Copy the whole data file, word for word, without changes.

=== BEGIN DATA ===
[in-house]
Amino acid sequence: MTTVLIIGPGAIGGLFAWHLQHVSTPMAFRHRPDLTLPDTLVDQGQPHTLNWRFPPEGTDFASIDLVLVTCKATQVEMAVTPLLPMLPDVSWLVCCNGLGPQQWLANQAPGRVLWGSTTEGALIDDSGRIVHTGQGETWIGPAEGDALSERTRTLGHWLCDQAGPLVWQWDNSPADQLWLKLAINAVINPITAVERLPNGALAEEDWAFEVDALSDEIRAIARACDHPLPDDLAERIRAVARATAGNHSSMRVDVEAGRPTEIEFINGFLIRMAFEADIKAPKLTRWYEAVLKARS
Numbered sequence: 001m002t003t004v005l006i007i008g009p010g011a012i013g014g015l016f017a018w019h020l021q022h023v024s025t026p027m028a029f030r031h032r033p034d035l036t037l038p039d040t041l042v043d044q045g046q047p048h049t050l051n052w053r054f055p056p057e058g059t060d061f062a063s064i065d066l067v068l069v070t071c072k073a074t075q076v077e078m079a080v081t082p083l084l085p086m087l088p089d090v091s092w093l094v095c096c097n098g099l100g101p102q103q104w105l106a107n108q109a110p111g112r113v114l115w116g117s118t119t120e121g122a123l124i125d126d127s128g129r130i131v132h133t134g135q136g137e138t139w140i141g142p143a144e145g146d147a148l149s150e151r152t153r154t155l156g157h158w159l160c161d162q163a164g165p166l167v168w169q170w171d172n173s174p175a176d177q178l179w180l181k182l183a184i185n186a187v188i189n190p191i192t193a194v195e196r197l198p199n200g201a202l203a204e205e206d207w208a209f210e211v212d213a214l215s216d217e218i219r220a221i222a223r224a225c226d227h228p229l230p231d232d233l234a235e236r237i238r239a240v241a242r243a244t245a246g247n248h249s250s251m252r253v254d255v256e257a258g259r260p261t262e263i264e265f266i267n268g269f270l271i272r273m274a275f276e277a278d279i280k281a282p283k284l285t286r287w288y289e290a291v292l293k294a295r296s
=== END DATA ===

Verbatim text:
[in-house]
Amino acid sequence: MTTVLIIGPGAIGGLFAWHLQHVSTPMAFRHRPDLTLPDTLVDQGQPHTLNWRFPPEGTDFASIDLVLVTCKATQVEMAVTPLLPMLPDVSWLVCCNGLGPQQWLANQAPGRVLWGSTTEGALIDDSGRIVHTGQGETWIGPAEGDALSERTRTLGHWLCDQAGPLVWQWDNSPADQLWLKLAINAVINPITAVERLPNGALAEEDWAFEVDALSDEIRAIARACDHPLPDDLAERIRAVARATAGNHSSMRVDVEAGRPTEIEFINGFLIRMAFEADIKAPKLTRWYEAVLKARS
Numbered sequence: 001m002t003t004v005l006i007i008g009p010g011a012i013g014g015l016f017a018w019h020l021q022h023v024s025t026p027m028a029f030r031h032r033p034d035l036t037l038p039d040t041l042v043d044q045g046q047p048h049t050l051n052w053r054f055p056p057e058g059t060d061f062a063s064i065d066l067v068l069v070t071c072k073a074t075q076v077e078m079a080v081t082p083l084l085p086m087l088p089d090v091s092w093l094v095c096c097n098g099l100g101p102q103q104w105l106a107n108q109a110p111g112r113v114l115w116g117s118t119t120e121g122a123l124i125d126d127s128g129r130i131v132h133t134g135q136g137e138t139w140i141g142p143a144e145g146d147a148l149s150e151r152t153r154t155l156g157h158w159l160c161d162q163a164g165p166l167v168w169q170w171d172n173s174p175a176d177q178l179w180l181k182l183a184i185n186a187v188i189n190p191i192t193a194v195e196r197l198p199n200g201a202l203a204e205e206d207w208a209f210e211v212d213a214l215s216d217e218i219r220a221i222a223r224a225c226d227h228p229l230p231d232d233l234a235e236r237i238r239a240v241a242r243a244t245a246g247n248h249s250s251m252r253v254d255v256e257a258g259r260p261t262e263i264e265f266i267n268g269f270l271i272r273m274a275f276e277a278d279i280k281a282p283k284l285t286r287w288y289e290a291v292l293k294a295r296s